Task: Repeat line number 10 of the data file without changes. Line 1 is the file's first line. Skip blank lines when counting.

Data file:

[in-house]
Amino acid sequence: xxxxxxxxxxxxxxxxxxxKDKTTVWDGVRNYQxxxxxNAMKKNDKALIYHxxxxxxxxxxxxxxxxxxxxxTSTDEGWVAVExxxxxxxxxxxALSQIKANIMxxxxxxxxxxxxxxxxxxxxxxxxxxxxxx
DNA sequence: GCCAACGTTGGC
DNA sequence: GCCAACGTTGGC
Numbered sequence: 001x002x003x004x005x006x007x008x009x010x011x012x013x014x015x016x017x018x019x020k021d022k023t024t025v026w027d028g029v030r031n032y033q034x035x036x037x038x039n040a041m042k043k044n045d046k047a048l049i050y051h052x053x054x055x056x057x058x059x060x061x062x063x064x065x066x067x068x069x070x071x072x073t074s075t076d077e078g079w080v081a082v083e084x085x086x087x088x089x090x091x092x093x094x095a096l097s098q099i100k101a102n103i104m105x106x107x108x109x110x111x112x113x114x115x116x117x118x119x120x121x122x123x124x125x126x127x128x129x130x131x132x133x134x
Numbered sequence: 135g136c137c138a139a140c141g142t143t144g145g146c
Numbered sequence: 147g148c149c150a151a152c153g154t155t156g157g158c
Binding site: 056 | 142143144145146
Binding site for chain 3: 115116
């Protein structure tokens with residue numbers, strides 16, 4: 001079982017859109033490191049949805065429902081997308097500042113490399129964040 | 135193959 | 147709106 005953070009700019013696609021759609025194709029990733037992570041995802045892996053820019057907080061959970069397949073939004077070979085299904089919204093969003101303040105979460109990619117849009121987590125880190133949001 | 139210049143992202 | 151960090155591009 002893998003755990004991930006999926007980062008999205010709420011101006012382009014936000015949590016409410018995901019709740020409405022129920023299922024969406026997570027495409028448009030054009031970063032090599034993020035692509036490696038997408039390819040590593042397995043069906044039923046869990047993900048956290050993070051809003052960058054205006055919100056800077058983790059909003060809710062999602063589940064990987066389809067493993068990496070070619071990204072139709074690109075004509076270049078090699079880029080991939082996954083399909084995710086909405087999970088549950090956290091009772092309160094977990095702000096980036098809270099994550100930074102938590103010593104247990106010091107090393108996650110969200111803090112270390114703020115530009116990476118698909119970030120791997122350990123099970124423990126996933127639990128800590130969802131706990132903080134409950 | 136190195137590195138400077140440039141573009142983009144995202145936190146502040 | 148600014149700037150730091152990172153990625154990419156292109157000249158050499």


């Protein structure tokens with residue numbers, strides 16, 4: 001079982017859109033490191049949805065429902081997308097500042113490399129964040 | 135193959 | 147709106 005953070009700019013696609021759609025194709029990733037992570041995802045892996053820019057907080061959970069397949073939004077070979085299904089919204093969003101303040105979460109990619117849009121987590125880190133949001 | 139210049143992202 | 151960090155591009 002893998003755990004991930006999926007980062008999205010709420011101006012382009014936000015949590016409410018995901019709740020409405022129920023299922024969406026997570027495409028448009030054009031970063032090599034993020035692509036490696038997408039390819040590593042397995043069906044039923046869990047993900048956290050993070051809003052960058054205006055919100056800077058983790059909003060809710062999602063589940064990987066389809067493993068990496070070619071990204072139709074690109075004509076270049078090699079880029080991939082996954083399909084995710086909405087999970088549950090956290091009772092309160094977990095702000096980036098809270099994550100930074102938590103010593104247990106010091107090393108996650110969200111803090112270390114703020115530009116990476118698909119970030120791997122350990123099970124423990126996933127639990128800590130969802131706990132903080134409950 | 136190195137590195138400077140440039141573009142983009144995202145936190146502040 | 148600014149700037150730091152990172153990625154990419156292109157000249158050499």